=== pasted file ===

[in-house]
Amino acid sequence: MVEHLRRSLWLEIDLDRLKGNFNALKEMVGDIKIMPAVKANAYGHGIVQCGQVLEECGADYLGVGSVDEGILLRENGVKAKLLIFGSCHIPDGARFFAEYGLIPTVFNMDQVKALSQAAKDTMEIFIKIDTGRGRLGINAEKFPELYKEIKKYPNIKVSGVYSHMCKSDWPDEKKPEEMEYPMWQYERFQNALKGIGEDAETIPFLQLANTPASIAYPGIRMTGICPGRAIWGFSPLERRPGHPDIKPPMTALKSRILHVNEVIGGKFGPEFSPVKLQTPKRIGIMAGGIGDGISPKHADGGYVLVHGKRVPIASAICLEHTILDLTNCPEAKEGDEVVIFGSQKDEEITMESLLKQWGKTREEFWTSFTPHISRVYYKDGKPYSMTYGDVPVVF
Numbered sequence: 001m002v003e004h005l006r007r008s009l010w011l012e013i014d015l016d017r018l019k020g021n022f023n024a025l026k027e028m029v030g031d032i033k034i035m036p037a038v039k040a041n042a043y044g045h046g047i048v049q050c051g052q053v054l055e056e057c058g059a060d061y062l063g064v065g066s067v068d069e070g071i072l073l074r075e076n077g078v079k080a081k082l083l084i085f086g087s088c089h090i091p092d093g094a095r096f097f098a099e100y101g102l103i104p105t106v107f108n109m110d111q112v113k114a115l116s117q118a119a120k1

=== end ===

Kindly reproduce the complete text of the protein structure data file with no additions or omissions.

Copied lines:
[in-house]
Amino acid sequence: MVEHLRRSLWLEIDLDRLKGNFNALKEMVGDIKIMPAVKANAYGHGIVQCGQVLEECGADYLGVGSVDEGILLRENGVKAKLLIFGSCHIPDGARFFAEYGLIPTVFNMDQVKALSQAAKDTMEIFIKIDTGRGRLGINAEKFPELYKEIKKYPNIKVSGVYSHMCKSDWPDEKKPEEMEYPMWQYERFQNALKGIGEDAETIPFLQLANTPASIAYPGIRMTGICPGRAIWGFSPLERRPGHPDIKPPMTALKSRILHVNEVIGGKFGPEFSPVKLQTPKRIGIMAGGIGDGISPKHADGGYVLVHGKRVPIASAICLEHTILDLTNCPEAKEGDEVVIFGSQKDEEITMESLLKQWGKTREEFWTSFTPHISRVYYKDGKPYSMTYGDVPVVF
Numbered sequence: 001m002v003e004h005l006r007r008s009l010w011l012e013i014d015l016d017r018l019k020g021n022f023n024a025l026k027e028m029v030g031d032i033k034i035m036p037a038v039k040a041n042a043y044g045h046g047i048v049q050c051g052q053v054l055e056e057c058g059a060d061y062l063g064v065g066s067v068d069e070g071i072l073l074r075e076n077g078v079k080a081k082l083l084i085f086g087s088c089h090i091p092d093g094a095r096f097f098a099e100y101g102l103i104p105t106v107f108n109m110d111q112v113k114a115l116s117q118a119a120k1